Listen, if you are truly born again, you are kept by God’s power “until the coming of salvation” which will be “revealed” at the coming of Christ (1 Pet 1:5) and not the power of your faith. God is the one who gives you faith (Ephesians 2:8–9), and he is the one who keeps it. The promise of Romans 8:28 is only true if our salvation and inheritance are secure; only then can all things work together for the good of those who love the Lord. This is a wonderful truth for us, and it is one in which we must focus on in the multicolored trials we may go through. We can focus on our inheritance and security in heaven.

Too many Christians fail to focus on the benefits of their salvation, and therefore, have lost joy when their inheritance on earth is affected. Scripture says we should “rejoice in this” (1 Pet 1:6). We should rejoice in all the benefits of our coming salvation. This is how Paul could suffer and yet still be joyful (2 Cor 6:10); his salvation was always on his mind and he did not lose focus on it.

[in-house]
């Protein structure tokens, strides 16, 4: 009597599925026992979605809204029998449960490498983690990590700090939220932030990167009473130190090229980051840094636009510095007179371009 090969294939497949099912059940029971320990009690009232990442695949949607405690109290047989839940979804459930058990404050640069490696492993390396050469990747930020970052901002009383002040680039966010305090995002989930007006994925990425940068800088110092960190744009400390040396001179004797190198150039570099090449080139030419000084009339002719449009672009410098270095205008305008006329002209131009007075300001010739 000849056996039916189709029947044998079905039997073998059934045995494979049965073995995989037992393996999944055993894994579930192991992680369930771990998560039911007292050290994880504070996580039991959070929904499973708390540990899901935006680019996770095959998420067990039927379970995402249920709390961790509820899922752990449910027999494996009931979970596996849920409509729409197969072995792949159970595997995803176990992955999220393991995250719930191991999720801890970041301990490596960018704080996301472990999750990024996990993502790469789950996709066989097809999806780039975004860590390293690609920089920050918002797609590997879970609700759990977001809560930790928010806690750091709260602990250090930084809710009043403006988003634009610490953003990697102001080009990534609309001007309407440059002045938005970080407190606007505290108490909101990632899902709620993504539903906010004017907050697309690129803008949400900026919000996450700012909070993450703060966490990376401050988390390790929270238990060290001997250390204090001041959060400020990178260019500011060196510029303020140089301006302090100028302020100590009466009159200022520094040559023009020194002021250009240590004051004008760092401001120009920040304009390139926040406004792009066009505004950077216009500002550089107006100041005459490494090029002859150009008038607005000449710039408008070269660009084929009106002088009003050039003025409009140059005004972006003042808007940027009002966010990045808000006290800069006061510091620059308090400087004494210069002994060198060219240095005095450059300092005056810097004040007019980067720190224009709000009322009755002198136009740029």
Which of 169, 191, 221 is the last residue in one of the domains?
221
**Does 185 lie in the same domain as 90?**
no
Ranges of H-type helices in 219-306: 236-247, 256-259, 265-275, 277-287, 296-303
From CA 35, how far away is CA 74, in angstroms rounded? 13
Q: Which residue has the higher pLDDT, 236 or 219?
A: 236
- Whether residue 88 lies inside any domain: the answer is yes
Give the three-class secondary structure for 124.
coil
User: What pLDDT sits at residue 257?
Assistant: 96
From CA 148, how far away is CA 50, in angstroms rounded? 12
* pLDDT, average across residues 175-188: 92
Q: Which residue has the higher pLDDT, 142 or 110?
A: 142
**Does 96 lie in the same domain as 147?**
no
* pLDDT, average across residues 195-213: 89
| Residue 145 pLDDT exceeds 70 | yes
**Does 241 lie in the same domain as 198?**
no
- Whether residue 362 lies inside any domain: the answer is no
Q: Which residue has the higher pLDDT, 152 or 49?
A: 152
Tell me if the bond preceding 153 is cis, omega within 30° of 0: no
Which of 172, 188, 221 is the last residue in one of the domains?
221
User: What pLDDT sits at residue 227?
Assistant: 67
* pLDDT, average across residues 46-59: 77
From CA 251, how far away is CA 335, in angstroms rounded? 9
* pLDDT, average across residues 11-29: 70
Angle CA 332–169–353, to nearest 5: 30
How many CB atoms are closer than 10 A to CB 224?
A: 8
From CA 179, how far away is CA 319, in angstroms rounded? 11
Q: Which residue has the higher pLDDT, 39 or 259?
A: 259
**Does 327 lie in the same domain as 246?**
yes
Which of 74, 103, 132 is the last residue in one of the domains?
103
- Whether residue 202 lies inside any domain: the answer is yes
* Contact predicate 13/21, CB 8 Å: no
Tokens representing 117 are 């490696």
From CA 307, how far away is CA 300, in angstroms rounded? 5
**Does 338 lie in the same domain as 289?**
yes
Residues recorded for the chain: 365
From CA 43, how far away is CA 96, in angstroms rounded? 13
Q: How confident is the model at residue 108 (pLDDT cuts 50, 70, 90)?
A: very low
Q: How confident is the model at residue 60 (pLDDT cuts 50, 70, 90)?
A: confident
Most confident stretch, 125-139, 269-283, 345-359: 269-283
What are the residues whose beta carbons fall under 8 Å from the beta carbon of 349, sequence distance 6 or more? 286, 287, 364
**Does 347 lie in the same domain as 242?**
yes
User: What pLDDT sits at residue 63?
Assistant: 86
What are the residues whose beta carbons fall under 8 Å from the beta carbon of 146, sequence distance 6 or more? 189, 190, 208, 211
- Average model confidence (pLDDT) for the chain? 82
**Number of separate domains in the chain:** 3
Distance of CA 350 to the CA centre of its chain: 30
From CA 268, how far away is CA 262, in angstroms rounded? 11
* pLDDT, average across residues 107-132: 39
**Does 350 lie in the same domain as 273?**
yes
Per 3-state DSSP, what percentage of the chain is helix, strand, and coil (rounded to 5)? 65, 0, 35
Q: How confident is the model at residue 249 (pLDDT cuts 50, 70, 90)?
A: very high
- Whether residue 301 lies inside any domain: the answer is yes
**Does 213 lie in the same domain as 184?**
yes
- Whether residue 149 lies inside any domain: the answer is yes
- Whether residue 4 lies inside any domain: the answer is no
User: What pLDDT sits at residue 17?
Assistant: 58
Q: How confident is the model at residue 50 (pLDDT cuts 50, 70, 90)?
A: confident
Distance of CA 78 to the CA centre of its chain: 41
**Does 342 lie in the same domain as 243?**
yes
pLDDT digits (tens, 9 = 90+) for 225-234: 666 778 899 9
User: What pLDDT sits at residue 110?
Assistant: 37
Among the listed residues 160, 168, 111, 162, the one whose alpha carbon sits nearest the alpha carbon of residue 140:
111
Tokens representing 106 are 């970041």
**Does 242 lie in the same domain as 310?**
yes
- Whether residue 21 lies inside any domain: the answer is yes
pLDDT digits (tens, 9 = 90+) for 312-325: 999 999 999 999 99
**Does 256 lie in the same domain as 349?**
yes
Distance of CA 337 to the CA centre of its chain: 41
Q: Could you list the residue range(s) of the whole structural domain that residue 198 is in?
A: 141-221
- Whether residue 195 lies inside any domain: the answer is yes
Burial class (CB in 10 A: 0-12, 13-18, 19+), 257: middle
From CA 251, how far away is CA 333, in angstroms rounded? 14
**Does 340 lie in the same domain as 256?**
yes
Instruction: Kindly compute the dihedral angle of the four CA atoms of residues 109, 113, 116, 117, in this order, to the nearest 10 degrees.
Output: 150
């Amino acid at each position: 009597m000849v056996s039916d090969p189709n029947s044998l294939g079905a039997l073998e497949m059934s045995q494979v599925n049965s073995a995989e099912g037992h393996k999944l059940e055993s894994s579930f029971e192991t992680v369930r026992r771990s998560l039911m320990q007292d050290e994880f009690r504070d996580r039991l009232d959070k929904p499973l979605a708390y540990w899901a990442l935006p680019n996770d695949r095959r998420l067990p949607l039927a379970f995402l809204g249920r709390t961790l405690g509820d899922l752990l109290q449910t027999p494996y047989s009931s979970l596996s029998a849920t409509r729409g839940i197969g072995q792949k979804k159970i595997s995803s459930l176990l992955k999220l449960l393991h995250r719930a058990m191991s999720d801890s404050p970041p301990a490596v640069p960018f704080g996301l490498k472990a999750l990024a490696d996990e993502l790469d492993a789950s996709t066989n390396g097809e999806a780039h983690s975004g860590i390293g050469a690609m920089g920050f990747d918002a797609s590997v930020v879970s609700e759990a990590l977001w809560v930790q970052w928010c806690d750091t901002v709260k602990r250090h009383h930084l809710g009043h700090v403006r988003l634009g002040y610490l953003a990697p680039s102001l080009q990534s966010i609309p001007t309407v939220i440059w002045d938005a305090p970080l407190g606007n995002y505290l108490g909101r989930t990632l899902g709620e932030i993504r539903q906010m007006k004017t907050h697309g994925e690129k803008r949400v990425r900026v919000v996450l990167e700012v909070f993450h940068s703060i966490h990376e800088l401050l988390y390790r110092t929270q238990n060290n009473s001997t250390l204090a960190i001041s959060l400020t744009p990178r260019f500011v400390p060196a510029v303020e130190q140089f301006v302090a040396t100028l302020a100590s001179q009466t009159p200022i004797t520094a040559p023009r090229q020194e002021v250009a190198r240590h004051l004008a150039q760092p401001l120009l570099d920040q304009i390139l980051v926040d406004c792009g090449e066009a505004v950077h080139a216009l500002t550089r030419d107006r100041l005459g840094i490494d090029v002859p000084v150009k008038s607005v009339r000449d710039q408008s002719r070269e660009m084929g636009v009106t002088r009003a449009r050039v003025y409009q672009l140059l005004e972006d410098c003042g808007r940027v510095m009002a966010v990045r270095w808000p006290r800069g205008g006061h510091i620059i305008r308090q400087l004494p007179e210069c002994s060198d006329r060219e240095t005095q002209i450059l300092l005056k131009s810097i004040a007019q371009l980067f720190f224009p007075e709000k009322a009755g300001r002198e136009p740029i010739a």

It is very possible for Christians to lose the joy of their salvation. We see evidence of this with David. Look at what he prayed in Psalms 51:12: “Restore to me the joy of your salvation and grant me a willing spirit, to sustain me” (emphasis mine). Why had David lost joy in his salvation? The Psalm tells us it was because of sin. “Against you, you only, have I sinned and done what is evil in your sight so that you are proved right when you speak and justified when you judge” (Ps 51:4).

Listen, many of us have lost our joy. The heavens are our inheritance, and the earth will one day be as well, yet so many of us walk around in sadness, anger, and depression. Why is that? It’s because sin has taken away our joy. It may be personal sin, as with David. It may be the sin of a wrong focus—focusing on the things of the world, the economy, and the problems in life. Scripture commands us to “think on godly things.” Listen to what Paul says: